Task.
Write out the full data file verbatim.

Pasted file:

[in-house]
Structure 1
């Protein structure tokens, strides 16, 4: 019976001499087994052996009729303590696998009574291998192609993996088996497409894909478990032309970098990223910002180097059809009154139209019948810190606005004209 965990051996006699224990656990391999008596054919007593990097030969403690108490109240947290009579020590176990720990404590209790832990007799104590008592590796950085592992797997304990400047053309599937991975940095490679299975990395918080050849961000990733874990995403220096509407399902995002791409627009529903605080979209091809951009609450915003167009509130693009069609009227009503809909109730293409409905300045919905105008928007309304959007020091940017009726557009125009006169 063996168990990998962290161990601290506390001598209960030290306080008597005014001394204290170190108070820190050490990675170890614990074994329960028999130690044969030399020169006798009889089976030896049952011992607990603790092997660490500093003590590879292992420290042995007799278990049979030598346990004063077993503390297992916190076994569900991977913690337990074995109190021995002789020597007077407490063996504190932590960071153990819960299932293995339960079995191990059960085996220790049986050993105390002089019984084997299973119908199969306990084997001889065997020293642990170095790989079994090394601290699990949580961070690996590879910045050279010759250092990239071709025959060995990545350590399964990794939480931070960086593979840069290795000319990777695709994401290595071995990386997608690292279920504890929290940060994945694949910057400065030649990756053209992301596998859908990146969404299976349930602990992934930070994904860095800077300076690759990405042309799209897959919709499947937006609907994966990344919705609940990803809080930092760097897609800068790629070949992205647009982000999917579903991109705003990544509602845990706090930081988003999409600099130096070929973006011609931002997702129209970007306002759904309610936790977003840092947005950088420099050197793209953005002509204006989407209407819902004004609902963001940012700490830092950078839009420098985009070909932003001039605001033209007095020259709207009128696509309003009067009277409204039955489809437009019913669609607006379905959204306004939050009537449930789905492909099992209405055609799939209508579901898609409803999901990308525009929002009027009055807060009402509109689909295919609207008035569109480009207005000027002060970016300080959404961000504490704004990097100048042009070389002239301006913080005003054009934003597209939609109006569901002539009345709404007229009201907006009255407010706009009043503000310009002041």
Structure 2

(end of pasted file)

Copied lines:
[in-house]
Structure 1
């Protein structure tokens, strides 16, 4: 019976001499087994052996009729303590696998009574291998192609993996088996497409894909478990032309970098990223910002180097059809009154139209019948810190606005004209 965990051996006699224990656990391999008596054919007593990097030969403690108490109240947290009579020590176990720990404590209790832990007799104590008592590796950085592992797997304990400047053309599937991975940095490679299975990395918080050849961000990733874990995403220096509407399902995002791409627009529903605080979209091809951009609450915003167009509130693009069609009227009503809909109730293409409905300045919905105008928007309304959007020091940017009726557009125009006169 063996168990990998962290161990601290506390001598209960030290306080008597005014001394204290170190108070820190050490990675170890614990074994329960028999130690044969030399020169006798009889089976030896049952011992607990603790092997660490500093003590590879292992420290042995007799278990049979030598346990004063077993503390297992916190076994569900991977913690337990074995109190021995002789020597007077407490063996504190932590960071153990819960299932293995339960079995191990059960085996220790049986050993105390002089019984084997299973119908199969306990084997001889065997020293642990170095790989079994090394601290699990949580961070690996590879910045050279010759250092990239071709025959060995990545350590399964990794939480931070960086593979840069290795000319990777695709994401290595071995990386997608690292279920504890929290940060994945694949910057400065030649990756053209992301596998859908990146969404299976349930602990992934930070994904860095800077300076690759990405042309799209897959919709499947937006609907994966990344919705609940990803809080930092760097897609800068790629070949992205647009982000999917579903991109705003990544509602845990706090930081988003999409600099130096070929973006011609931002997702129209970007306002759904309610936790977003840092947005950088420099050197793209953005002509204006989407209407819902004004609902963001940012700490830092950078839009420098985009070909932003001039605001033209007095020259709207009128696509309003009067009277409204039955489809437009019913669609607006379905959204306004939050009537449930789905492909099992209405055609799939209508579901898609409803999901990308525009929002009027009055807060009402509109689909295919609207008035569109480009207005000027002060970016300080959404961000504490704004990097100048042009070389002239301006913080005003054009934003597209939609109006569901002539009345709404007229009201907006009255407010706009009043503000310009002041």
Structure 2